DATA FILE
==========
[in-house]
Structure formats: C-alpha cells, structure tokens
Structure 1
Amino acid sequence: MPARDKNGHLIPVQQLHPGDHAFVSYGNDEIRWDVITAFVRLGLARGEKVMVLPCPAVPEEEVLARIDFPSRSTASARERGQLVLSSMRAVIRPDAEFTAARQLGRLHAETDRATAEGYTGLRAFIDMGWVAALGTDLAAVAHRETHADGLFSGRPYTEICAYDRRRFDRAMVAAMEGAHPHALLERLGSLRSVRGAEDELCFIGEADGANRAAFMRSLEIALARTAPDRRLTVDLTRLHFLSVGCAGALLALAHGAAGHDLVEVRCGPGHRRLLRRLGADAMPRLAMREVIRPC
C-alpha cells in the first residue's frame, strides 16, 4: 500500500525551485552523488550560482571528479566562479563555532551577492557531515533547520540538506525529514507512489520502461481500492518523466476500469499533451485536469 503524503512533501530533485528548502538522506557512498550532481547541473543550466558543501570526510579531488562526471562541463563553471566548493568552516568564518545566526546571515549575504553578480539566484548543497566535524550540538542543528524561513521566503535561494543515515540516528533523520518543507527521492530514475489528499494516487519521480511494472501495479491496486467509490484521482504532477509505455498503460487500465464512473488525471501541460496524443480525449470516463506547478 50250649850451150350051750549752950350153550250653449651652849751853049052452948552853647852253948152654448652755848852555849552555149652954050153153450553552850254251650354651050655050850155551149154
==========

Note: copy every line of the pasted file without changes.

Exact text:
[in-house]
Structure formats: C-alpha cells, structure tokens
Structure 1
Amino acid sequence: MPARDKNGHLIPVQQLHPGDHAFVSYGNDEIRWDVITAFVRLGLARGEKVMVLPCPAVPEEEVLARIDFPSRSTASARERGQLVLSSMRAVIRPDAEFTAARQLGRLHAETDRATAEGYTGLRAFIDMGWVAALGTDLAAVAHRETHADGLFSGRPYTEICAYDRRRFDRAMVAAMEGAHPHALLERLGSLRSVRGAEDELCFIGEADGANRAAFMRSLEIALARTAPDRRLTVDLTRLHFLSVGCAGALLALAHGAAGHDLVEVRCGPGHRRLLRRLGADAMPRLAMREVIRPC
C-alpha cells in the first residue's frame, strides 16, 4: 500500500525551485552523488550560482571528479566562479563555532551577492557531515533547520540538506525529514507512489520502461481500492518523466476500469499533451485536469 503524503512533501530533485528548502538522506557512498550532481547541473543550466558543501570526510579531488562526471562541463563553471566548493568552516568564518545566526546571515549575504553578480539566484548543497566535524550540538542543528524561513521566503535561494543515515540516528533523520518543507527521492530514475489528499494516487519521480511494472501495479491496486467509490484521482504532477509505455498503460487500465464512473488525471501541460496524443480525449470516463506547478 50250649850451150350051750549752950350153550250653449651652849751853049052452948552853647852253948152654448652755848852555849552555149652954050153153450553552850254251650354651050655050850155551149154